Williams Lake Mayor Walt Cobb, seen frying bacon for an event in the summer. (Monica Lamb-Yorski photo)

Williams Lake Mayor Walt Cobb, seen frying bacon for an event in the summer. (Monica Lamb-Yorski photo)

Williams Lake city council demanding specific COVID-19 numbers for the city, immediate area

‘How come some people are getting information that we are not able to get?’: Mayor Cobb

Williams Lake city council wants actual numbers of confirmed COVID-19 cases for the city and immediate area.

Referring to the fact nearby First Nations communities are being provided confirmed COVID-19 numbers, Mayor Walt Cobb said it is frustrating.

“I’m being accused of withholding information, but I don’t have any,” Cobb said during the regular council meeting Tuesday, Jan. 12. “We have to be on a level playing field. How come some people are getting information that we are not able to get?”

Coun. Scott Nelson said during a conference call with the Interior Health Authority (IH) on Tuesday afternoon, city council pressed for numbers and was told there ‘were just under 50’ positive COVID-19’ cases in the Williams Lake health region.

“We said we need to know how many are in Williams Lake itself, but they refused to give us that information,” Nelson told the Tribune. “It was quite clear that if we want the actual numbers we need to go to our MLA and Minister of Health Adrian Dix and Provincial Health Officer Dr. Bonnie Henry.”

Nelson said it’s not a criticism of what’s happening, but that the city needs to know so that it can ramp up services if necessary.

“We are asking for openness and transparency,” he added.

Read more: COVID-19 cases jump to 22 at Williams Lake First Nation community of Sugar Cane

Cariboo Chilcotin MLA Lorne Doerkson, who appeared as a delegation by telephone during the council meeting, said he would bring council’s concerns to the provincial government.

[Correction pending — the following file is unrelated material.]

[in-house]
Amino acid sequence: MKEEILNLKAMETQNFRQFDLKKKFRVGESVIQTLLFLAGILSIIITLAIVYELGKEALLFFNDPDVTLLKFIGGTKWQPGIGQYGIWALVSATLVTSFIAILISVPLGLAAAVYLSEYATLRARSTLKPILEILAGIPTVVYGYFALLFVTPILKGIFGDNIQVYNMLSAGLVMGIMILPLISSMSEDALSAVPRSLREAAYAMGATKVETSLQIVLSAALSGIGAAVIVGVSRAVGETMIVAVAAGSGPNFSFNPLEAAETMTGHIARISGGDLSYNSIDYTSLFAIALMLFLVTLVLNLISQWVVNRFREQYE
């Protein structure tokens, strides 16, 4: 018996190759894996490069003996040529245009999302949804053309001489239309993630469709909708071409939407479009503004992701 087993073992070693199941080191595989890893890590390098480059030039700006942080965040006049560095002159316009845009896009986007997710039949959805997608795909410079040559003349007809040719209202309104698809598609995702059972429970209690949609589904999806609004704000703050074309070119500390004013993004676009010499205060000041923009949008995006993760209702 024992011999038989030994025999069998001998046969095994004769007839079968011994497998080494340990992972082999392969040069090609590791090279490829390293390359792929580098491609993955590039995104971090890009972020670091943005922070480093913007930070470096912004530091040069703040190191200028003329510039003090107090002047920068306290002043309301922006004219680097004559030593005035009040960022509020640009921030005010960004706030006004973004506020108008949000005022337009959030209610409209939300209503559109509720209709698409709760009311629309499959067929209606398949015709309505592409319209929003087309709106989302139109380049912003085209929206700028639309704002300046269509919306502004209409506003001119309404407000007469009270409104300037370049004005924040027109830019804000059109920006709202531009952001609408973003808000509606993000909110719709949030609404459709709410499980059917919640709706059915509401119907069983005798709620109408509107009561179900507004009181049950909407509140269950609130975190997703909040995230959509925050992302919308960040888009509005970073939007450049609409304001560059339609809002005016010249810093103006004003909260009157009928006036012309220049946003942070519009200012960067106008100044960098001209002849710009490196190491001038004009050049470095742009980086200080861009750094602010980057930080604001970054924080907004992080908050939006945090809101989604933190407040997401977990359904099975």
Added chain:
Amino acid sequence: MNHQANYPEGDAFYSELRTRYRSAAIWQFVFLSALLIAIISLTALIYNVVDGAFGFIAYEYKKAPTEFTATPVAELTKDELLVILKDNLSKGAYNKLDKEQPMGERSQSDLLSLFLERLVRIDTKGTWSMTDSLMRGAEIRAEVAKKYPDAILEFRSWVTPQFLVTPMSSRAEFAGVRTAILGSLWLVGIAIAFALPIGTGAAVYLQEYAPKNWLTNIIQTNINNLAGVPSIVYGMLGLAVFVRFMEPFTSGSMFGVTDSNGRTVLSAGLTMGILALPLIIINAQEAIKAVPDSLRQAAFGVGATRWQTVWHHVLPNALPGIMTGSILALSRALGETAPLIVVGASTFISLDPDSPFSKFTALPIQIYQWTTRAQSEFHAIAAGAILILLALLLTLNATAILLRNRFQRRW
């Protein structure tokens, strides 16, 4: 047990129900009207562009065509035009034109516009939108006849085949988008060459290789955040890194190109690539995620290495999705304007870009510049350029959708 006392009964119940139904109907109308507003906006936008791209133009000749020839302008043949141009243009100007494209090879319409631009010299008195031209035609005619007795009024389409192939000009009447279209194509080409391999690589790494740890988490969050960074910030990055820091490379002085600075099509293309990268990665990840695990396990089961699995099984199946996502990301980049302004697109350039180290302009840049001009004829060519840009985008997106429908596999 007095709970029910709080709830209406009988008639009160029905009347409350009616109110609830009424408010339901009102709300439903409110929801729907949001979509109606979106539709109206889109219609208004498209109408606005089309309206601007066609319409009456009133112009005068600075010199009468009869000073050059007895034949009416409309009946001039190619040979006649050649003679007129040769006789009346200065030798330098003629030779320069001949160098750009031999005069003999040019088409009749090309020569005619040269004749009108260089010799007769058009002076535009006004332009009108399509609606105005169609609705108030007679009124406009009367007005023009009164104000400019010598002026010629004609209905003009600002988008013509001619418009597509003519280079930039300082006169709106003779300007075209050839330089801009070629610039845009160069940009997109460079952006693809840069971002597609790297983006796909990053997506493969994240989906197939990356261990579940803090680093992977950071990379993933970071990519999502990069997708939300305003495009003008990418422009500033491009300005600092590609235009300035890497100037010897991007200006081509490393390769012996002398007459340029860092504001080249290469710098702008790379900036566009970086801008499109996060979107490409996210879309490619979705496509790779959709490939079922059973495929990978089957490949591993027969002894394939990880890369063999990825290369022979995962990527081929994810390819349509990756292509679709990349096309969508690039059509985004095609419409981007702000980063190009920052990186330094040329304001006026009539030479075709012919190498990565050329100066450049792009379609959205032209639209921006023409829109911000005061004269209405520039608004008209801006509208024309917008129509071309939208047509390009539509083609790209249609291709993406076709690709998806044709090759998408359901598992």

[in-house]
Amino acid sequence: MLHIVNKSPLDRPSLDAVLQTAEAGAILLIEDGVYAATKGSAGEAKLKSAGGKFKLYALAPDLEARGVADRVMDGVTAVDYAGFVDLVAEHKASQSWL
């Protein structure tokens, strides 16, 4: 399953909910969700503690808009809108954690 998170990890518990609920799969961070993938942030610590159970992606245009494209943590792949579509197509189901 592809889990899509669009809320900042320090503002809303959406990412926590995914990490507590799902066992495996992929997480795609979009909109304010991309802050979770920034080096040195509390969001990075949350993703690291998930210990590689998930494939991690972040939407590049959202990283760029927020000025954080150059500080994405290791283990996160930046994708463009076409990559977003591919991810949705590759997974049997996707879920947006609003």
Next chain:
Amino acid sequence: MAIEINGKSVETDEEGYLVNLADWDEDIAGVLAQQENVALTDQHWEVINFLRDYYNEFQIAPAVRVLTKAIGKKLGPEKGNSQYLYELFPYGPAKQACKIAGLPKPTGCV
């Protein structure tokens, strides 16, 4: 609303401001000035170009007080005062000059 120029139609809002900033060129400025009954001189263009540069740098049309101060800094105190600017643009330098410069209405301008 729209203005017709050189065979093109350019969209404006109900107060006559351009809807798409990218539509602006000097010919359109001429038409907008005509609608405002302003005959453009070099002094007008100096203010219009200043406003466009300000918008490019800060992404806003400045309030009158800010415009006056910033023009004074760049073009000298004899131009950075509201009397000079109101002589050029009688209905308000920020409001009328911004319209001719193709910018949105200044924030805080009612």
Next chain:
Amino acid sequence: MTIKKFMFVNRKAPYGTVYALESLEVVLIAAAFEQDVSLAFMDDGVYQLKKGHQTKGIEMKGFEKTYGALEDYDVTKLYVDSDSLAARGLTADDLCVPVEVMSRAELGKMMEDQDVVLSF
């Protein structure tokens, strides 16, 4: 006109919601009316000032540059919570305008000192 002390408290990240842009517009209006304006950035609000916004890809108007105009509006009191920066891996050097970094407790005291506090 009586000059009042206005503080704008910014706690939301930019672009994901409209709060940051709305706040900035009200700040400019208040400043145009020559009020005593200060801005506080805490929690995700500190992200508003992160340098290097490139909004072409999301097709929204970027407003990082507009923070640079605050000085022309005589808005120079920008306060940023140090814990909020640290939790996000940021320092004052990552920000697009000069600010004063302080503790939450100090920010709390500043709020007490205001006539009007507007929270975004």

“I one hundred per cent agree with you and I will see if I can track down some more information and will report back to Mayor Cobb tomorrow,” Doerkson said.

Coun. Sheila Boehm said the COVID-19 vaccine distribution should be a provincial mandate, and not downloaded onto the health authorities who are already overworked.

“I know our nurses are being overwhelmed,” Boehm said, suggesting even nursing students could be hired to help.

Doerkson said he’s asked Dr. Henry what the plan is for vaccines.

“I think the lion’s share that the province received have been distributed and put in arms, but the question is where and how? We have multiple questions as to why there were vaccines initiated in places like Nimpo Lake, not that we don’t want those folks vaccinated, but why weren’t they going to some of the long-term care facilities in the region?”

When asked by the Tribune why First Nations communities are provided with positive test numbers and mayors are not, Interior Health’s media relations responded that there is no double standard in how numbers are reported.

“In an outbreak/cluster situation, Interior Health provides numbers, such as in Revelstoke and Big White recently and in Kelowna in the summer. Canim Lake has been declared an outbreak by our medical health officer and so the numbers are reported.”

IH noted on a weekly basis for non-outbreaks, numbers are reported per community based on their local health authority and the next update will be Wednesday, Jan. 13.

Numbers between Dec. 27 to Jan. 2 showed eight new cases in the Cariboo Chilcotin and eight in 100 Mile House.

On Wednesday, Jan. 13 the numbers will be reported for the week ending Jan. 9.

Read more: City of Williams Lake urges residents to follow COVID-19 provincial health orders



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